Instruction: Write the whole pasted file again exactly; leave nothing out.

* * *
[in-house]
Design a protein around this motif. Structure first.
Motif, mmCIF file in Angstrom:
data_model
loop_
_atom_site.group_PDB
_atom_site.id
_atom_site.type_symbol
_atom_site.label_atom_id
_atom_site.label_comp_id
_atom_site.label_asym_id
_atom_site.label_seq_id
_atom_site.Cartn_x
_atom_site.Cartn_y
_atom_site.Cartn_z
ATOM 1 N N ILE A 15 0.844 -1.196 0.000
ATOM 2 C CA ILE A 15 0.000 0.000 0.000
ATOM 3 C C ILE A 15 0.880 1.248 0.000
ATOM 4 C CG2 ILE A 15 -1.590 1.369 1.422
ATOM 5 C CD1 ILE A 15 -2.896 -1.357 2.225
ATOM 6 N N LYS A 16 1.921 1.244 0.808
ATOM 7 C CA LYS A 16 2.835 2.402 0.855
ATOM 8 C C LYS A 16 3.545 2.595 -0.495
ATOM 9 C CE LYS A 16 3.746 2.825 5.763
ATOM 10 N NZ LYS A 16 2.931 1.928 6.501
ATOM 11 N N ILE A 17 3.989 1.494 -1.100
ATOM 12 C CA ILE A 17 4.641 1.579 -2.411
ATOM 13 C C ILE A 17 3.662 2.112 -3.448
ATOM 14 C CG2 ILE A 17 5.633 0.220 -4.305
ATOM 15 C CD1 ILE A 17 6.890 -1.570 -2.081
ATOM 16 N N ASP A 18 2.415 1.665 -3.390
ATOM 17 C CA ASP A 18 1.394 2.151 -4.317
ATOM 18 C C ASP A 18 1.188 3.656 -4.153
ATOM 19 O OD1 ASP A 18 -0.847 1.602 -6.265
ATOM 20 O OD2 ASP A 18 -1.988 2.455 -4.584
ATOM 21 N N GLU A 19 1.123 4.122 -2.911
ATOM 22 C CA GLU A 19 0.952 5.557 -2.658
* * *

[in-house]
Design a protein around this motif. Structure first.
Motif, mmCIF file in Angstrom:
data_model
loop_
_atom_site.group_PDB
_atom_site.id
_atom_site.type_symbol
_atom_site.label_atom_id
_atom_site.label_comp_id
_atom_site.label_asym_id
_atom_site.label_seq_id
_atom_site.Cartn_x
_atom_site.Cartn_y
_atom_site.Cartn_z
ATOM 1 N N ILE A 15 0.844 -1.196 0.000
ATOM 2 C CA ILE A 15 0.000 0.000 0.000
ATOM 3 C C ILE A 15 0.880 1.248 0.000
ATOM 4 C CG2 ILE A 15 -1.590 1.369 1.422
ATOM 5 C CD1 ILE A 15 -2.896 -1.357 2.225
ATOM 6 N N LYS A 16 1.921 1.244 0.808
ATOM 7 C CA LYS A 16 2.835 2.402 0.855
ATOM 8 C C LYS A 16 3.545 2.595 -0.495
ATOM 9 C CE LYS A 16 3.746 2.825 5.763
ATOM 10 N NZ LYS A 16 2.931 1.928 6.501
ATOM 11 N N ILE A 17 3.989 1.494 -1.100
ATOM 12 C CA ILE A 17 4.641 1.579 -2.411
ATOM 13 C C ILE A 17 3.662 2.112 -3.448
ATOM 14 C CG2 ILE A 17 5.633 0.220 -4.305
ATOM 15 C CD1 ILE A 17 6.890 -1.570 -2.081
ATOM 16 N N ASP A 18 2.415 1.665 -3.390
ATOM 17 C CA ASP A 18 1.394 2.151 -4.317
ATOM 18 C C ASP A 18 1.188 3.656 -4.153
ATOM 19 O OD1 ASP A 18 -0.847 1.602 -6.265
ATOM 20 O OD2 ASP A 18 -1.988 2.455 -4.584
ATOM 21 N N GLU A 19 1.123 4.122 -2.911
ATOM 22 C CA GLU A 19 0.952 5.557 -2.658